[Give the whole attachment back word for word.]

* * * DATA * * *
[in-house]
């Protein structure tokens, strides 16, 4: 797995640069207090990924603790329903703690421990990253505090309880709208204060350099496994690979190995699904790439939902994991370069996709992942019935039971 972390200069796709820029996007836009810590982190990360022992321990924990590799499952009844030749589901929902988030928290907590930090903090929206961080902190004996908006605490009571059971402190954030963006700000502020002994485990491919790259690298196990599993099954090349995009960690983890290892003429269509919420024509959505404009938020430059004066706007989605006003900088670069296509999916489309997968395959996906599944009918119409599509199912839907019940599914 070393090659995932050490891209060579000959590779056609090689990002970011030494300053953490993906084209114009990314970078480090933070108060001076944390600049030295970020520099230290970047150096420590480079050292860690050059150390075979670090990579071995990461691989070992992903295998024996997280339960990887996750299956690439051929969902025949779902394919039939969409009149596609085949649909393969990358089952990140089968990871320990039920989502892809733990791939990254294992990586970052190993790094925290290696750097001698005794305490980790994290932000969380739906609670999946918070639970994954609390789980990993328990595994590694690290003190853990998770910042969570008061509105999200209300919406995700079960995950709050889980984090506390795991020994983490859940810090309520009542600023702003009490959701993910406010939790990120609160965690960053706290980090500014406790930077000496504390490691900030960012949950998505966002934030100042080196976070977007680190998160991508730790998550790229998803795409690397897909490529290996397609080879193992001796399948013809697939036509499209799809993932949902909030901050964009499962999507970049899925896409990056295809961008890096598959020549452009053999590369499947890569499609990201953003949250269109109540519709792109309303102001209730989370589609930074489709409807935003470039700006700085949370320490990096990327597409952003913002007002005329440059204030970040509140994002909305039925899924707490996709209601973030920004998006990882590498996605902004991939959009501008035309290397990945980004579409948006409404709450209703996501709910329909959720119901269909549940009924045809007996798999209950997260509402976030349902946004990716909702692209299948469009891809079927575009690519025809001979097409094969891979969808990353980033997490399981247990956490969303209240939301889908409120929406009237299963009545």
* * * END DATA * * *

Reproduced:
[in-house]
């Protein structure tokens, strides 16, 4: 797995640069207090990924603790329903703690421990990253505090309880709208204060350099496994690979190995699904790439939902994991370069996709992942019935039971 972390200069796709820029996007836009810590982190990360022992321990924990590799499952009844030749589901929902988030928290907590930090903090929206961080902190004996908006605490009571059971402190954030963006700000502020002994485990491919790259690298196990599993099954090349995009960690983890290892003429269509919420024509959505404009938020430059004066706007989605006003900088670069296509999916489309997968395959996906599944009918119409599509199912839907019940599914 070393090659995932050490891209060579000959590779056609090689990002970011030494300053953490993906084209114009990314970078480090933070108060001076944390600049030295970020520099230290970047150096420590480079050292860690050059150390075979670090990579071995990461691989070992992903295998024996997280339960990887996750299956690439051929969902025949779902394919039939969409009149596609085949649909393969990358089952990140089968990871320990039920989502892809733990791939990254294992990586970052190993790094925290290696750097001698005794305490980790994290932000969380739906609670999946918070639970994954609390789980990993328990595994590694690290003190853990998770910042969570008061509105999200209300919406995700079960995950709050889980984090506390795991020994983490859940810090309520009542600023702003009490959701993910406010939790990120609160965690960053706290980090500014406790930077000496504390490691900030960012949950998505966002934030100042080196976070977007680190998160991508730790998550790229998803795409690397897909490529290996397609080879193992001796399948013809697939036509499209799809993932949902909030901050964009499962999507970049899925896409990056295809961008890096598959020549452009053999590369499947890569499609990201953003949250269109109540519709792109309303102001209730989370589609930074489709409807935003470039700006700085949370320490990096990327597409952003913002007002005329440059204030970040509140994002909305039925899924707490996709209601973030920004998006990882590498996605902004991939959009501008035309290397990945980004579409948006409404709450209703996501709910329909959720119901269909549940009924045809007996798999209950997260509402976030349902946004990716909702692209299948469009891809079927575009690519025809001979097409094969891979969808990353980033997490399981247990956490969303209240939301889908409120929406009237299963009545």